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A coarse-grain igneous rock composed of plagioclase Feldspar. Gabbro primarily contains Labradorite, Augite, and Pyroxene. It is sold commercially as a Granite and is used as a building stone. Major commercial sources for gabbro occur in Scotland (Island of Skye), South Africa (Bushveld, Karroo), Canada (Sudbury in Ontario, Labrador), Greenland, and the U.S. (Minnesota, New Jersey, California, New York, Wyoming, Montana). Minnesota Black and Opalescent are brand names for some gabbros.


Synonyms and Related Terms

diabase; norite; trap rock; Minnesota Black; Opalescent; Gabbro (Deut.); gabro (Esp., Port.); gabbro (Fr.); gabbro (Ned.)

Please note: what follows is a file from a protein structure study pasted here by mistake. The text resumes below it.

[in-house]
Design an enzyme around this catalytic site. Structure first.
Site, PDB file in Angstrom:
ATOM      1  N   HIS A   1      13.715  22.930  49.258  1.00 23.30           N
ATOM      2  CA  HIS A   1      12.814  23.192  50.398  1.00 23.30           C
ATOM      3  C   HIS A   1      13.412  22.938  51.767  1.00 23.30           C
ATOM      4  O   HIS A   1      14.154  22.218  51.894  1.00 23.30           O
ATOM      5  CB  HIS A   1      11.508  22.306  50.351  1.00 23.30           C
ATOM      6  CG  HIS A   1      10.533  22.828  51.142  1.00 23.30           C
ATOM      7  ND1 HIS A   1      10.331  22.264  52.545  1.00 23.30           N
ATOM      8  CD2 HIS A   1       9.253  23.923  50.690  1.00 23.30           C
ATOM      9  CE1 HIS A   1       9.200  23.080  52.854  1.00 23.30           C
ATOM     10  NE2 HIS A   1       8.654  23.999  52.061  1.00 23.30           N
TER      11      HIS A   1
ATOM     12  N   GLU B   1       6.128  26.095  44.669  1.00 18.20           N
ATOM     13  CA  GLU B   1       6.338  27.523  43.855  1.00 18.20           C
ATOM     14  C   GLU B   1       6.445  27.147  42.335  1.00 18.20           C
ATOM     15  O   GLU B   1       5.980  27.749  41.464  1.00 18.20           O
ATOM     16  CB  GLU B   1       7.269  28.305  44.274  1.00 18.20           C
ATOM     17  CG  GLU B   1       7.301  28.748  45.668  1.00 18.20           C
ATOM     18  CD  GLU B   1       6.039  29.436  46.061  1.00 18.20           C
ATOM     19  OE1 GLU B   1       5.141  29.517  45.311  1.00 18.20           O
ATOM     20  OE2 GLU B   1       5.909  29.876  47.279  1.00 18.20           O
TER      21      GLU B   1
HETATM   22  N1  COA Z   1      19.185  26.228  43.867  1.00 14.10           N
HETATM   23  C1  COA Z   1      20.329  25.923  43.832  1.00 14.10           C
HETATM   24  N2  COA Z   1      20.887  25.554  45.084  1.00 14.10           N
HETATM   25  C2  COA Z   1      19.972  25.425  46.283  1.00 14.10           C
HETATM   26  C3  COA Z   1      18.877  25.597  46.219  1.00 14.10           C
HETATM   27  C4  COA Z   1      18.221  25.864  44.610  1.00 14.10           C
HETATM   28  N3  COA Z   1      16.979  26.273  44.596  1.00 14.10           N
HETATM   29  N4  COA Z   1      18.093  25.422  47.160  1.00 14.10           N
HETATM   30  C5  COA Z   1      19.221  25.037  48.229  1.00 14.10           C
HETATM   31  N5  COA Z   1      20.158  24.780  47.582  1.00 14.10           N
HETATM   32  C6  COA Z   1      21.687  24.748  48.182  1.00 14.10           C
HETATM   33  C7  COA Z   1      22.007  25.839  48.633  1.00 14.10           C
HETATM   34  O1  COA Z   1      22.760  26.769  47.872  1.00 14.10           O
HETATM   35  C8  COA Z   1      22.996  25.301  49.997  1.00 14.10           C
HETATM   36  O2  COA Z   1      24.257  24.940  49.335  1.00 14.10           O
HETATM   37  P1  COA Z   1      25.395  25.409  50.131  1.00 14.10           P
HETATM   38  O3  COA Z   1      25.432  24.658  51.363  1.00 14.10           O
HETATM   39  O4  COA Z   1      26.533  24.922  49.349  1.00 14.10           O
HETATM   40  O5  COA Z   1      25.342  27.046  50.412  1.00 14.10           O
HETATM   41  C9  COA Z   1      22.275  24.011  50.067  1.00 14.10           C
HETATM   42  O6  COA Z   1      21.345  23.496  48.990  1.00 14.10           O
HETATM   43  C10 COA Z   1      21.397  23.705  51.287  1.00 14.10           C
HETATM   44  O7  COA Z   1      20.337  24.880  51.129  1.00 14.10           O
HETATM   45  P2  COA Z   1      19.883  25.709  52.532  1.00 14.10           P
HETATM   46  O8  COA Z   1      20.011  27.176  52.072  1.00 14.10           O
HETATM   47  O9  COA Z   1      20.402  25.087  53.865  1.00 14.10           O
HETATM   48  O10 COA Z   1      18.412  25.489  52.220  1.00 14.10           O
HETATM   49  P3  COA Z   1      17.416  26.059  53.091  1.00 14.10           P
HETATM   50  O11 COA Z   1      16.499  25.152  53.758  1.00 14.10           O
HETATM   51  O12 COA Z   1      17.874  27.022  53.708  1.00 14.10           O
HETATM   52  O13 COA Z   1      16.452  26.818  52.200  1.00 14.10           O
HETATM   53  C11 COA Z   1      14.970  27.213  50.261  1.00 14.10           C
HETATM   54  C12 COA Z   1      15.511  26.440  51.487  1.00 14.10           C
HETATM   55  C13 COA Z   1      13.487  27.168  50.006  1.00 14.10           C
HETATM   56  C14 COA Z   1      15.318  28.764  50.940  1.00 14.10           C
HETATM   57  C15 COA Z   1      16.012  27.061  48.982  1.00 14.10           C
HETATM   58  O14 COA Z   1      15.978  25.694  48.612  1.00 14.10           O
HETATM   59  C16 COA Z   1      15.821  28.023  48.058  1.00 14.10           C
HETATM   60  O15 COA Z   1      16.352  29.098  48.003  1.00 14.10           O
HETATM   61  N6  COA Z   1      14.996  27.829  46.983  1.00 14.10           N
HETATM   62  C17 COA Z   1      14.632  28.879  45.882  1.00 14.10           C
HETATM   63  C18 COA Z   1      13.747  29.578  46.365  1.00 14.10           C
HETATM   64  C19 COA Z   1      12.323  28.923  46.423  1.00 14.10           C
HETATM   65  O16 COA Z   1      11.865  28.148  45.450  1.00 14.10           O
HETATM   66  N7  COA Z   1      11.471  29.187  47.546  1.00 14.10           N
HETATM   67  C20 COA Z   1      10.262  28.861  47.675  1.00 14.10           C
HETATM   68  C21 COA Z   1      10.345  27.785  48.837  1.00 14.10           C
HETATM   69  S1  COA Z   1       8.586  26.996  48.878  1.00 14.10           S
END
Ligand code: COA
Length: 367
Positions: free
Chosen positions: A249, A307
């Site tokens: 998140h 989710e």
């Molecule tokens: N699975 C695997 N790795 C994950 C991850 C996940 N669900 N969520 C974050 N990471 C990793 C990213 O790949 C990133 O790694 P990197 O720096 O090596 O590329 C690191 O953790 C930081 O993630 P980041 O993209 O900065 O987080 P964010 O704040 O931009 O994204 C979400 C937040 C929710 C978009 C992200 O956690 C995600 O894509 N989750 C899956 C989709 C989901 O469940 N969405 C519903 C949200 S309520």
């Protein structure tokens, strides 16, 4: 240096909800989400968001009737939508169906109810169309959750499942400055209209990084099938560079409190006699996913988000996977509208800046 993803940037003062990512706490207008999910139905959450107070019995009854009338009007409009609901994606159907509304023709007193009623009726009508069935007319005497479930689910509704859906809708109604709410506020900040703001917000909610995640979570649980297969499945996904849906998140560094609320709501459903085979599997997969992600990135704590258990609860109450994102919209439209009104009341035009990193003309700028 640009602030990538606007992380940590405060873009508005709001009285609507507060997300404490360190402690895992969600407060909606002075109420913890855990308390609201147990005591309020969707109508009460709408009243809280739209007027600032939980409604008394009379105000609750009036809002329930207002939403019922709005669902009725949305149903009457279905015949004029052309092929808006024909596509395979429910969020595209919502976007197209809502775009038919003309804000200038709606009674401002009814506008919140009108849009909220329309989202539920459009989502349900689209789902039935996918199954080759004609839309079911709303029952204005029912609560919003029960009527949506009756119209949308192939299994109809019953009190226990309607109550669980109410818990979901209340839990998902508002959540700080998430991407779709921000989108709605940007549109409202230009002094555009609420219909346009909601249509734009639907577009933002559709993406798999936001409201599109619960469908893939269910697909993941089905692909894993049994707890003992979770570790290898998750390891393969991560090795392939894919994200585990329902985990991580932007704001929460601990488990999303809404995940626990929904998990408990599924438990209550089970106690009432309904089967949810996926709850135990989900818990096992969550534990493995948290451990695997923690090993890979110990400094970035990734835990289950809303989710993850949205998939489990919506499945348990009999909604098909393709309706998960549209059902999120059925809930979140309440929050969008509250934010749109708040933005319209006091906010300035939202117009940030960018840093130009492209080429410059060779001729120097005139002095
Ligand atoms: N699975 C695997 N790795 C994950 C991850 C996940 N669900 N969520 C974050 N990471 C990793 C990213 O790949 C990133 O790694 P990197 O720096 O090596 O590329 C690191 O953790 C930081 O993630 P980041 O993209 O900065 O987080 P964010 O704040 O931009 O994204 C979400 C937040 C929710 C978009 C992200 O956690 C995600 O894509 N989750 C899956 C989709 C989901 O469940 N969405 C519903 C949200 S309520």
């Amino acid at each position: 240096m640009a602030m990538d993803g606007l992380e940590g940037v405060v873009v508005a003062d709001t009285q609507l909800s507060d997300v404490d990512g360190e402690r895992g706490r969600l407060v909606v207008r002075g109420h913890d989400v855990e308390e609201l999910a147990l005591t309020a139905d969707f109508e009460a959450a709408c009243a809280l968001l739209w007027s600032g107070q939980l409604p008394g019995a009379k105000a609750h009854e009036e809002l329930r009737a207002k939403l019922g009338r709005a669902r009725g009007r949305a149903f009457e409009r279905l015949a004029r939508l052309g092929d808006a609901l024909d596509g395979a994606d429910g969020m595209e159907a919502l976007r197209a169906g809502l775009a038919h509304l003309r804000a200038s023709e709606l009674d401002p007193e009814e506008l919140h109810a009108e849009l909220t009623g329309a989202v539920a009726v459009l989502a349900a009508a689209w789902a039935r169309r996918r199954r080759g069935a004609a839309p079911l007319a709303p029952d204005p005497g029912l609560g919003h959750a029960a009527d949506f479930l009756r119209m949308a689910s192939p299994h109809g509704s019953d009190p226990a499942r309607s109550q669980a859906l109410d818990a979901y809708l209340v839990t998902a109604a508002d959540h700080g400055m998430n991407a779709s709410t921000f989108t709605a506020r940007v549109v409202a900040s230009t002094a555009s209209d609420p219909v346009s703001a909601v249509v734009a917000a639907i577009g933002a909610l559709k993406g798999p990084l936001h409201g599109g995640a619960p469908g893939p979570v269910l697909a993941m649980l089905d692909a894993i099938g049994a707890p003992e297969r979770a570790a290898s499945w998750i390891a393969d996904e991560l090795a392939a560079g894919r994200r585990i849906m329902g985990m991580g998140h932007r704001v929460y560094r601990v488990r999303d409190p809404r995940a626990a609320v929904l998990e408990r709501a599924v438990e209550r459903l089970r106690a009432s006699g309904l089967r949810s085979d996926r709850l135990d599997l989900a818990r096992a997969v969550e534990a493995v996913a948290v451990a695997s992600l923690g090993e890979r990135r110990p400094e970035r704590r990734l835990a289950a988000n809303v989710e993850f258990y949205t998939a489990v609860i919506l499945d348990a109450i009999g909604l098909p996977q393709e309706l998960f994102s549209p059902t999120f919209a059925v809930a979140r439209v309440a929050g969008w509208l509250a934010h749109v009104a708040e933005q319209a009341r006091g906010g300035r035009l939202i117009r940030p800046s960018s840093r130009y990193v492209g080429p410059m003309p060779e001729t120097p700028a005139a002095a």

Physical and Chemical Properties

  • Mohs Hardness = > 5.5

Resources and Citations

  • Dictionary of Building Preservation, Ward Bucher, ed., John Wiley & Sons, Inc., New York City, 1996
  • Robert Fournier, Illustrated Dictionary of Practical Pottery, Chilton Book Company, Radnor, PA, 1992
  • C.W.Chesterman, K.E.Lowe, Audubon Society Field Guide to North American Rocks and Minerals, Alfred A. Knopf, New York, 1979
  • Random House, Webster's Encyclopedic Unabridged Dictionary of the English Language, Grammercy Book, New York, 1997
  • The American Heritage Dictionary or Encarta, via Microsoft Bookshelf 98, Microsoft Corp., 1998